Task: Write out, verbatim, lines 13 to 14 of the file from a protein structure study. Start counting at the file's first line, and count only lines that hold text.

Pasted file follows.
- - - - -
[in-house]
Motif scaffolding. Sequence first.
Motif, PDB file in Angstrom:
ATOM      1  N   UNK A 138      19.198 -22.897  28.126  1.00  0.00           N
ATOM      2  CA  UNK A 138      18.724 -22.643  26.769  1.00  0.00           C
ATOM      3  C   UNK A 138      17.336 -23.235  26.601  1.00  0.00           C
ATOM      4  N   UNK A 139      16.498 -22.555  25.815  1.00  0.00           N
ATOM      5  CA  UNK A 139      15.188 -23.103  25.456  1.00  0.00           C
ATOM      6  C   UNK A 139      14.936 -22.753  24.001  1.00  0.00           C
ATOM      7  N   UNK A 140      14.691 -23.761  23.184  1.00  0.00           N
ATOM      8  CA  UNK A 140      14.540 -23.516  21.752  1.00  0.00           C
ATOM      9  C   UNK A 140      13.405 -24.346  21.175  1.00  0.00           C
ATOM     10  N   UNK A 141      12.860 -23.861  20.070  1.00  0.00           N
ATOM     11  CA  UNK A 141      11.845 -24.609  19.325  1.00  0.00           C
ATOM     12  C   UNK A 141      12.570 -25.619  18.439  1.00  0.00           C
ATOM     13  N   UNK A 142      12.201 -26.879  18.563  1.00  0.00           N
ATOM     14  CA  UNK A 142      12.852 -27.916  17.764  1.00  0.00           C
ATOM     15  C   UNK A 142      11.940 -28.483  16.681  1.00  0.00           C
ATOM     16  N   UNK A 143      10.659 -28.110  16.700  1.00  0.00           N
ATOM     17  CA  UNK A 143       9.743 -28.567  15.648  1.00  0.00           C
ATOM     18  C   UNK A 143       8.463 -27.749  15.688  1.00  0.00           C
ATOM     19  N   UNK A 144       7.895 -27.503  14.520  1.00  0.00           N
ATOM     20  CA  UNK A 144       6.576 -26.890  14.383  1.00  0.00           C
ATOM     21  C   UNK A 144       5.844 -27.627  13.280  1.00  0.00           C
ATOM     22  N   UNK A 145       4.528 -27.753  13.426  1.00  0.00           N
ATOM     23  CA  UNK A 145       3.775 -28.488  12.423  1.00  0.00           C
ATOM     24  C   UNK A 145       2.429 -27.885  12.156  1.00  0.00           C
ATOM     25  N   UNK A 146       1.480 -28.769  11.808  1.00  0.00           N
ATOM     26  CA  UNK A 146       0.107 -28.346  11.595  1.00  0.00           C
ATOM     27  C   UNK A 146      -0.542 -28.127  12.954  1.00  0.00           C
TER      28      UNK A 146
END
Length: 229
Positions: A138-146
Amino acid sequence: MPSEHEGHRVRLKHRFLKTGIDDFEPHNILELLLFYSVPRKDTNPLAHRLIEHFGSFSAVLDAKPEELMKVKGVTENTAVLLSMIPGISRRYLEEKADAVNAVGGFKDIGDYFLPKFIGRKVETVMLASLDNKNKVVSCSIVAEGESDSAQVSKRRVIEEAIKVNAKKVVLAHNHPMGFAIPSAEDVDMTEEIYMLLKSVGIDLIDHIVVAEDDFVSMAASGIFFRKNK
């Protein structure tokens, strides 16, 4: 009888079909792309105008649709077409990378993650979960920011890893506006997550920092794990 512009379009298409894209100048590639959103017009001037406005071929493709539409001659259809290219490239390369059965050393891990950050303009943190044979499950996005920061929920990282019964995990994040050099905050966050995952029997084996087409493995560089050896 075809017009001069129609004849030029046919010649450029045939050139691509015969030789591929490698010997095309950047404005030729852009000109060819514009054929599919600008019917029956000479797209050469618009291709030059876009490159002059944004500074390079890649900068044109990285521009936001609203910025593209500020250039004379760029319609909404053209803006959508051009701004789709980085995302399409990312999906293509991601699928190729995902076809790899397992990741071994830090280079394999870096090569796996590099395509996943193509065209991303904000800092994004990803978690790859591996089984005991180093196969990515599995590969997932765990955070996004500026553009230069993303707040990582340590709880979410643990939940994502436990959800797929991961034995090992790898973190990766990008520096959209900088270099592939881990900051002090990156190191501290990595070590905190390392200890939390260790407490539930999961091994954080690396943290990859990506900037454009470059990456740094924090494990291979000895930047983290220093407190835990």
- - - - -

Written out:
ATOM     10  N   UNK A 141      12.860 -23.861  20.070  1.00  0.00           N
ATOM     11  CA  UNK A 141      11.845 -24.609  19.325  1.00  0.00           C